A weaker US unit makes commodities priced in the greenback cheaper for holders of other currencies, pushing up demand. Gold is also seen as a safe haven in times of economic unrest.
More US stimulus, known as quantitative easing (QE), "will eventually translate into US dollar weakening and a rebound in inflation expectations, both of which are positive for the gold price," said BNP Paribas analyst Anne-Laure Tremblay.
By late Friday on the London Bullion Market, the price of gold edged up to $1,582.25 an ounce from $1,576.50 a week earlier.
Silver dropped to $28.01 an ounce from $28.79.
On the London Platinum and Palladium Market, platinum fell to $1,579 an ounce from $1,611.
Palladium slipped to $721 an ounce from $732.
BASE METALS: Base metal prices mostly dropped, gaining "little support from mostly positive US data and reassurance from Bernanke" on stimulus, said BNP Paribas analyst Stephen Briggs.
By late Friday on the London Metal Exchange, copper for delivery in three months slid to $7,722 a tonne from $7,808 a week earlier.
Three-month aluminium dropped to $1,964 a tonne from $2,049.
Three-month lead fell to $2,247 a tonne from $2,316.
Three-month tin grew to $23,235 a tonne from $23,190.
Three-month nickel slipped to $16,700 a tonne from $16,734.
Three-month zinc retreated to $2,027 a tonne from $2,088.
COCOA: Cocoa futures fell on a high supply situation in main producer Ivory Coast.
"The plentiful supply is weighing on the price," said analyst Fritsch. "Exporters estimate that 904 thousand tonnes of cocoa have so far been transported to the ports of Ivory Coast since the harvest season began in October, only slightly down on the same period last year."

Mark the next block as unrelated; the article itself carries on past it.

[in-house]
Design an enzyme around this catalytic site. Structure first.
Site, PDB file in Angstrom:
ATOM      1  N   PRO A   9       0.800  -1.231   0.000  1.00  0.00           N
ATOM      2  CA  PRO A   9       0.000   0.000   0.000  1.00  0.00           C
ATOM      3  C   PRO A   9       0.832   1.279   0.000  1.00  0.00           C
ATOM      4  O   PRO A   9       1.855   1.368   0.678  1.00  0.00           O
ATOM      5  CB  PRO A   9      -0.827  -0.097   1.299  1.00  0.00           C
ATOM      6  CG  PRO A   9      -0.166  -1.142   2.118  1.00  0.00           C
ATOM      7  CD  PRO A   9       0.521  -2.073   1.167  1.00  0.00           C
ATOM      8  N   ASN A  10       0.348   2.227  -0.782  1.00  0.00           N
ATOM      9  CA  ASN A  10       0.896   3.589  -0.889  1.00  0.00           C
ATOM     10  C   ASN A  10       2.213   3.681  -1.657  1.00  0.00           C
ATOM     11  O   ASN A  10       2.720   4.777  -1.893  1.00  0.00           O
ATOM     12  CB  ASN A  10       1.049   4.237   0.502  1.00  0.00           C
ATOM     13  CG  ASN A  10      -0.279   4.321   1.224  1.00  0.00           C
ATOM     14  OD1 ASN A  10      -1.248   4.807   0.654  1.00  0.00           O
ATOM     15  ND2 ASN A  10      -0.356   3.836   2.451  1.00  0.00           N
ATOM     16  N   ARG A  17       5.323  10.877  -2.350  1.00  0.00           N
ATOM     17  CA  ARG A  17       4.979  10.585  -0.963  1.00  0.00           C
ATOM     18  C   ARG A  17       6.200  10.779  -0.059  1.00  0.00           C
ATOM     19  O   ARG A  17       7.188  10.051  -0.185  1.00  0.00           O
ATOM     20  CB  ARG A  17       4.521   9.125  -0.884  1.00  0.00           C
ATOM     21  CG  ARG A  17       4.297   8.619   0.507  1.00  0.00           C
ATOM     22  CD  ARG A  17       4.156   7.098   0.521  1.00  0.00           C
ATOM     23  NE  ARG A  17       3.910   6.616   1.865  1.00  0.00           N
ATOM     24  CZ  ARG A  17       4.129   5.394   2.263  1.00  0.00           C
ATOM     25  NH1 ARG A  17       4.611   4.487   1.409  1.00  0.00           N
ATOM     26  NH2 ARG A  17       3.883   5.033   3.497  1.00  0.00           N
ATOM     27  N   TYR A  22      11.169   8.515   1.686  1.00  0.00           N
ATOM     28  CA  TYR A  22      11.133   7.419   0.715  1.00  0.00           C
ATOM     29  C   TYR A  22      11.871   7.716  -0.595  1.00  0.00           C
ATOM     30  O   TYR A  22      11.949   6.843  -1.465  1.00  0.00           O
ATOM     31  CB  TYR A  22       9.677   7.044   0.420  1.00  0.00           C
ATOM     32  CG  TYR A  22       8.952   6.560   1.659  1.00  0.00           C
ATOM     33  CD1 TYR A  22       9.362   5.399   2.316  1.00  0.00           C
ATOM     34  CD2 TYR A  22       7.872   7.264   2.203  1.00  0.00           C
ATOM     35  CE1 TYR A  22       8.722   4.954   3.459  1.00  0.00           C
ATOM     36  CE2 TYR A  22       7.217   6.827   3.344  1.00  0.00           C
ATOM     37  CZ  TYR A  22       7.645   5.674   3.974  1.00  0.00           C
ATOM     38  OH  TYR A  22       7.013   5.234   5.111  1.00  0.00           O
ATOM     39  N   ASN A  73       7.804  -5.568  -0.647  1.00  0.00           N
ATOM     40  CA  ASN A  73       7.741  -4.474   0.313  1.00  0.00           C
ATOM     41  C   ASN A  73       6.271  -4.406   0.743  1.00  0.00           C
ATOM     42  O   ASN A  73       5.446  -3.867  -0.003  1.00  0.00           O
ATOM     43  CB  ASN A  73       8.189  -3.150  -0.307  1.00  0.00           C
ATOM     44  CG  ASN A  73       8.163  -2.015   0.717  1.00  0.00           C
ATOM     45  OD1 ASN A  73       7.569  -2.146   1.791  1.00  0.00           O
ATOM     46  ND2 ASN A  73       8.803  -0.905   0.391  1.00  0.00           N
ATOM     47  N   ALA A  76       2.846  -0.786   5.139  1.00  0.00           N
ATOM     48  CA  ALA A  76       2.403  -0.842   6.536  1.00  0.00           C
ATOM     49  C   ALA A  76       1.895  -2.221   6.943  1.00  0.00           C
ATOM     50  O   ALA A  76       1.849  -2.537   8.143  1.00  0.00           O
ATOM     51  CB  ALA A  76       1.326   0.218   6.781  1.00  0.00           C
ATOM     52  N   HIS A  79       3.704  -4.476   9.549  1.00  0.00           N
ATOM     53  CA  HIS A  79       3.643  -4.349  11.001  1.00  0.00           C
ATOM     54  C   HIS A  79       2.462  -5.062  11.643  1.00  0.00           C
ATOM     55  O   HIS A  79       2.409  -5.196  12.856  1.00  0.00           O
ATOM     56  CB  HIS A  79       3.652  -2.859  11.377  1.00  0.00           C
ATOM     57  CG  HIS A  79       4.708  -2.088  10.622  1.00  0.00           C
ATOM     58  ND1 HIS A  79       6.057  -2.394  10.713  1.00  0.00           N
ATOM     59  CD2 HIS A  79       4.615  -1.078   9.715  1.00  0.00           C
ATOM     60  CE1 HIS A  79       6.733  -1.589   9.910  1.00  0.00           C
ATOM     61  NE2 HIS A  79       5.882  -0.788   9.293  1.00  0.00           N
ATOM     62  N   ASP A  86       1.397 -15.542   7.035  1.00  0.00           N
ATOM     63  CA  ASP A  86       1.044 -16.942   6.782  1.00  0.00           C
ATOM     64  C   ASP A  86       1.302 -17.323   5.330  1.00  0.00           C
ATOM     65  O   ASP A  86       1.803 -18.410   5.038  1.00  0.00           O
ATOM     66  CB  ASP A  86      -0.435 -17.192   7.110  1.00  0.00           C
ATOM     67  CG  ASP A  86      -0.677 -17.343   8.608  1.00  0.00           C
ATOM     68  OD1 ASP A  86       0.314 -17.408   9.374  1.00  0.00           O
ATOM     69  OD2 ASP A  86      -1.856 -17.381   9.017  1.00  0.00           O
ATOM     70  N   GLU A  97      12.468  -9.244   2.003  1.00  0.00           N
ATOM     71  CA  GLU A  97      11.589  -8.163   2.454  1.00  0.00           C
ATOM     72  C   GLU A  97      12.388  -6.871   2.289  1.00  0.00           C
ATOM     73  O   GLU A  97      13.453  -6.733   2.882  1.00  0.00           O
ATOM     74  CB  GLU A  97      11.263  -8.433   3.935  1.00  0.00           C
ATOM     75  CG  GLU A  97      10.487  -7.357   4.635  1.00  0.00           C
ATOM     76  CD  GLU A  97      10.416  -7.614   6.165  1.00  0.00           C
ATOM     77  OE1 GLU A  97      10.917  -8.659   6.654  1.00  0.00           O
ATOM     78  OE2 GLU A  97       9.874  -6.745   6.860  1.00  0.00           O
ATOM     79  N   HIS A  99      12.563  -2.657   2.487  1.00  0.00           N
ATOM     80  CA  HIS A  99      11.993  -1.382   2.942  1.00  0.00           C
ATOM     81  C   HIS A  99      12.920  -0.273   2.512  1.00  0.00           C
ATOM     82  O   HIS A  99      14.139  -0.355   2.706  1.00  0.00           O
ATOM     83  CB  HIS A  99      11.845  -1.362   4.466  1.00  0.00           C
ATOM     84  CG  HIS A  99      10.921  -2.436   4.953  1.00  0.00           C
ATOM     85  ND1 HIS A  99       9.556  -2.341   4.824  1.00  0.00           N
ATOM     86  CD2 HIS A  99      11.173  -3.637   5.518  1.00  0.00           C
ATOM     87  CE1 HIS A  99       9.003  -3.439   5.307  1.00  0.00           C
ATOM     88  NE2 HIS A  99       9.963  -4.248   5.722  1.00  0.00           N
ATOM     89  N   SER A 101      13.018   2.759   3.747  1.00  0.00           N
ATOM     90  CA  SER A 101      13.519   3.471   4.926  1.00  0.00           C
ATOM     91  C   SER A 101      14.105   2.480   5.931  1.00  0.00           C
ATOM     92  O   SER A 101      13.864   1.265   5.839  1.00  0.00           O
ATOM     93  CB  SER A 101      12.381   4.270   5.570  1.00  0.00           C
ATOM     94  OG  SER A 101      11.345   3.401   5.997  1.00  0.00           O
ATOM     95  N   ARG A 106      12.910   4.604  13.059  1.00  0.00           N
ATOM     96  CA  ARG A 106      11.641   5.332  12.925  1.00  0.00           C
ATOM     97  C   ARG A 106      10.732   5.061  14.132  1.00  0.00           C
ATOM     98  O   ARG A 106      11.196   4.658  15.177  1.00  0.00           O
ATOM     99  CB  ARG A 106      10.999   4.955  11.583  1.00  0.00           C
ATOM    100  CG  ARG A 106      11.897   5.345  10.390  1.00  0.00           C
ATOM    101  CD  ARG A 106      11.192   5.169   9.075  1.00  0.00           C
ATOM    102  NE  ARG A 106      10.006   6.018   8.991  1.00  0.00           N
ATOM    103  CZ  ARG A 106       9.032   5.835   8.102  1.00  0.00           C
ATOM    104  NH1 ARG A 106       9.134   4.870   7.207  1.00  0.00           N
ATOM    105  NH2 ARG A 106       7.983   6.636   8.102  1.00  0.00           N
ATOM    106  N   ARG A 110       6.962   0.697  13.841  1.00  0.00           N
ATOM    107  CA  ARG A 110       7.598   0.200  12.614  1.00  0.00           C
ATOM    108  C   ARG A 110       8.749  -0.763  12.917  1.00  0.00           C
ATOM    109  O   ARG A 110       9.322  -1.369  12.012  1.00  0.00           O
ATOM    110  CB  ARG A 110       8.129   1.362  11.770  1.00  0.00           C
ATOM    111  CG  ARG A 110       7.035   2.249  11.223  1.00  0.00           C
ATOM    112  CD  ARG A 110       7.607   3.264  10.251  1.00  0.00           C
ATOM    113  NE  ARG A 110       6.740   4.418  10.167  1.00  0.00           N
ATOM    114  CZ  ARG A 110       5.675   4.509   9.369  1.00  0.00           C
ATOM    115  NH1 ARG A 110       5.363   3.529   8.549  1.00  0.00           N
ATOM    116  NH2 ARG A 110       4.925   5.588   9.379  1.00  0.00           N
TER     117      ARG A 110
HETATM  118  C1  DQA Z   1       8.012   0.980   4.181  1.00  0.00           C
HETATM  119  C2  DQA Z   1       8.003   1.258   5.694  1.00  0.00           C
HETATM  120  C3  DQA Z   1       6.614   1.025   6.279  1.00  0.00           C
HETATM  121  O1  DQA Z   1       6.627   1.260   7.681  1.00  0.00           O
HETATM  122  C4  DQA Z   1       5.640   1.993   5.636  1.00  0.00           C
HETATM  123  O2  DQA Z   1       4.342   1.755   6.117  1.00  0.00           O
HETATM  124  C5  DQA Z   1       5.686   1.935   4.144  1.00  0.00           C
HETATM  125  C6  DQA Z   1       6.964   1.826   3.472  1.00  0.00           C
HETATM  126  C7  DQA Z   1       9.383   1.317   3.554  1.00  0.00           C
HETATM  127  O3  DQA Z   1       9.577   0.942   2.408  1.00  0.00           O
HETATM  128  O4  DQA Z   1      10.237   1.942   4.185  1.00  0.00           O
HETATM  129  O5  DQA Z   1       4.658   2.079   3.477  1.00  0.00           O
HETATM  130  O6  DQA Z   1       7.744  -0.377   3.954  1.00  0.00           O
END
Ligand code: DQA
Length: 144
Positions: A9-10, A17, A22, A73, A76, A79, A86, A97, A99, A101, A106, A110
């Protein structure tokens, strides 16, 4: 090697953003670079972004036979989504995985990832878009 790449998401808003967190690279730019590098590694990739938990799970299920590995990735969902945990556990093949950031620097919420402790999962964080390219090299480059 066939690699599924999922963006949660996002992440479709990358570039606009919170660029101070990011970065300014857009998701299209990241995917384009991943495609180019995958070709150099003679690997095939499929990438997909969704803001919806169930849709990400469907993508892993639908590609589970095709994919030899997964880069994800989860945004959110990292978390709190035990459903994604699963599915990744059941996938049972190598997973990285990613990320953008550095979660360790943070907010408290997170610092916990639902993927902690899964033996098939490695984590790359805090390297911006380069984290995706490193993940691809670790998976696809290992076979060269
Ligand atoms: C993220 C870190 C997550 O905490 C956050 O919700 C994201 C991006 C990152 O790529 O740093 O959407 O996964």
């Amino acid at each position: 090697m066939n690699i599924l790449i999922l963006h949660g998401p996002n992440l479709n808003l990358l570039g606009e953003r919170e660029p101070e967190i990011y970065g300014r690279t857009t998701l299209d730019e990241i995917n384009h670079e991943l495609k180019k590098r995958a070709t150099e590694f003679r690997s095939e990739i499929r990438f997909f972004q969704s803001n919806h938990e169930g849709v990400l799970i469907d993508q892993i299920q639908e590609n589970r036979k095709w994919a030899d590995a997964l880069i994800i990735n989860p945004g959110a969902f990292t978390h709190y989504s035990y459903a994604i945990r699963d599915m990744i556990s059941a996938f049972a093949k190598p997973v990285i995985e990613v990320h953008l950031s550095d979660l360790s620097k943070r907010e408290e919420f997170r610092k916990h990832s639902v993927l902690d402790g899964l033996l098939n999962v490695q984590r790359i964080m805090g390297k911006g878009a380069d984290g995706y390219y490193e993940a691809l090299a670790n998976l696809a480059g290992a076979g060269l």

By Friday on LIFFE, London's futures exchange, cocoa for delivery in May dipped to £1,430 a tonne from £1,434 a week earlier.
On New York's NYBOT-ICE exchange, cocoa for May dropped to $2,127 a tonne from $2,147.
COFFEE: Coffee futures rose after thousands of Colombian coffee growers staged protests around the country to press for more government support in the face of low prices.
Prices were winning support also from supply concerns as a tree fungus in Central America ravages crops. Leaf rust has caused coffee trees to produce fewer and lower-quality beans.
By Friday on LIFFE, Robusta for May delivery grew to $2,107 a tonne from $2,090 a week earlier.
On NYBOT-ICE, Arabica for delivery in May rose to 143.65 US cents a pound from 143.15 cents.
SUGAR: Prices climbed on expectations of higher production of ethanol, a cheaper alternative to gasoline that is made using sugar, analysts said.
By Friday on LIFFE, the price of a tonne of white sugar for delivery in May climbed to $520.40 from $501.90 a week earlier.
On NYBOT-ICE, the price of unrefined sugar for May increased to 18.34 US cents a pound from 18.05 cents.
RUBBER: Prices extended recent losses on renewed uncertainty over the eurozone debt crisis and news of record high stockpiles in China, traders said.
The Malaysian Rubber Board's benchmark SMR20 dropped to 289.00 US cents a kilo from 292.40 cents the previous week.